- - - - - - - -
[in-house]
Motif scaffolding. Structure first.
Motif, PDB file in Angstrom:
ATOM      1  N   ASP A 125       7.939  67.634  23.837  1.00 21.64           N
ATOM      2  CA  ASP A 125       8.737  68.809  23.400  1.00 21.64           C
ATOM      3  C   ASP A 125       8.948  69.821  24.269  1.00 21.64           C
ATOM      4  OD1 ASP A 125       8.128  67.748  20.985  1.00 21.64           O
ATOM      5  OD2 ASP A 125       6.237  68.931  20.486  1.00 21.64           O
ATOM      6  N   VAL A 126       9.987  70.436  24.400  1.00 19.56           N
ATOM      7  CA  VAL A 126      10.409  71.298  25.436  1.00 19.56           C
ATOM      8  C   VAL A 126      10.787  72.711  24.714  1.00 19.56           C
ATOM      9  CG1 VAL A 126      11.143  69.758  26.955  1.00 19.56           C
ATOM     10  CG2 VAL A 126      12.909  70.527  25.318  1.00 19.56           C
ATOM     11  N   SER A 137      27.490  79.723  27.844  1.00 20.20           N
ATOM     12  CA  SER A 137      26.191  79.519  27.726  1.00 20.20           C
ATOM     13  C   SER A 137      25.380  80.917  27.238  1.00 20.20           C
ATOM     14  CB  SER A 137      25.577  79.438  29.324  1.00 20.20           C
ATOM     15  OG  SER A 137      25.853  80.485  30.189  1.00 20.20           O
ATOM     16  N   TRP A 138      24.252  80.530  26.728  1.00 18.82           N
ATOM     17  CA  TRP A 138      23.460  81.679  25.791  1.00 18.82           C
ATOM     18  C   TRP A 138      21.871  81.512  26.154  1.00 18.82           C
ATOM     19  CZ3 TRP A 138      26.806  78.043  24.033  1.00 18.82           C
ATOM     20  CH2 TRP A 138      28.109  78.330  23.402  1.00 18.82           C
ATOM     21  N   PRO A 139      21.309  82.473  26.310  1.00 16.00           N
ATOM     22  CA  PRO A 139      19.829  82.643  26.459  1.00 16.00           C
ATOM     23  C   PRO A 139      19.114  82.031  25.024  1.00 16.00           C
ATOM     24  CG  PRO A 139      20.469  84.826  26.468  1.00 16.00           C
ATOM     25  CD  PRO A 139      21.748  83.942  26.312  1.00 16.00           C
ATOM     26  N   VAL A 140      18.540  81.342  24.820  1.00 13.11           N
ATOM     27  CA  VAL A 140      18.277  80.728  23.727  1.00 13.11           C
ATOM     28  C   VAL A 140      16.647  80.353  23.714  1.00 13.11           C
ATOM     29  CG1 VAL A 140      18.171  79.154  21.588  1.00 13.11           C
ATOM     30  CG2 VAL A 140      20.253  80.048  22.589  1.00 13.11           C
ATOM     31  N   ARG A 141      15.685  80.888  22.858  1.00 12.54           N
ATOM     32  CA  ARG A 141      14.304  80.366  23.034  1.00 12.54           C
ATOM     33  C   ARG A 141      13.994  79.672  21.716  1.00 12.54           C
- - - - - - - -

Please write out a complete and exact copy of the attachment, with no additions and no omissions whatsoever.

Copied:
[in-house]
Motif scaffolding. Structure first.
Motif, PDB file in Angstrom:
ATOM      1  N   ASP A 125       7.939  67.634  23.837  1.00 21.64           N
ATOM      2  CA  ASP A 125       8.737  68.809  23.400  1.00 21.64           C
ATOM      3  C   ASP A 125       8.948  69.821  24.269  1.00 21.64           C
ATOM      4  OD1 ASP A 125       8.128  67.748  20.985  1.00 21.64           O
ATOM      5  OD2 ASP A 125       6.237  68.931  20.486  1.00 21.64           O
ATOM      6  N   VAL A 126       9.987  70.436  24.400  1.00 19.56           N
ATOM      7  CA  VAL A 126      10.409  71.298  25.436  1.00 19.56           C
ATOM      8  C   VAL A 126      10.787  72.711  24.714  1.00 19.56           C
ATOM      9  CG1 VAL A 126      11.143  69.758  26.955  1.00 19.56           C
ATOM     10  CG2 VAL A 126      12.909  70.527  25.318  1.00 19.56           C
ATOM     11  N   SER A 137      27.490  79.723  27.844  1.00 20.20           N
ATOM     12  CA  SER A 137      26.191  79.519  27.726  1.00 20.20           C
ATOM     13  C   SER A 137      25.380  80.917  27.238  1.00 20.20           C
ATOM     14  CB  SER A 137      25.577  79.438  29.324  1.00 20.20           C
ATOM     15  OG  SER A 137      25.853  80.485  30.189  1.00 20.20           O
ATOM     16  N   TRP A 138      24.252  80.530  26.728  1.00 18.82           N
ATOM     17  CA  TRP A 138      23.460  81.679  25.791  1.00 18.82           C
ATOM     18  C   TRP A 138      21.871  81.512  26.154  1.00 18.82           C
ATOM     19  CZ3 TRP A 138      26.806  78.043  24.033  1.00 18.82           C
ATOM     20  CH2 TRP A 138      28.109  78.330  23.402  1.00 18.82           C
ATOM     21  N   PRO A 139      21.309  82.473  26.310  1.00 16.00           N
ATOM     22  CA  PRO A 139      19.829  82.643  26.459  1.00 16.00           C
ATOM     23  C   PRO A 139      19.114  82.031  25.024  1.00 16.00           C
ATOM     24  CG  PRO A 139      20.469  84.826  26.468  1.00 16.00           C
ATOM     25  CD  PRO A 139      21.748  83.942  26.312  1.00 16.00           C
ATOM     26  N   VAL A 140      18.540  81.342  24.820  1.00 13.11           N
ATOM     27  CA  VAL A 140      18.277  80.728  23.727  1.00 13.11           C
ATOM     28  C   VAL A 140      16.647  80.353  23.714  1.00 13.11           C
ATOM     29  CG1 VAL A 140      18.171  79.154  21.588  1.00 13.11           C
ATOM     30  CG2 VAL A 140      20.253  80.048  22.589  1.00 13.11           C
ATOM     31  N   ARG A 141      15.685  80.888  22.858  1.00 12.54           N
ATOM     32  CA  ARG A 141      14.304  80.366  23.034  1.00 12.54           C
ATOM     33  C   ARG A 141      13.994  79.672  21.716  1.00 12.54           C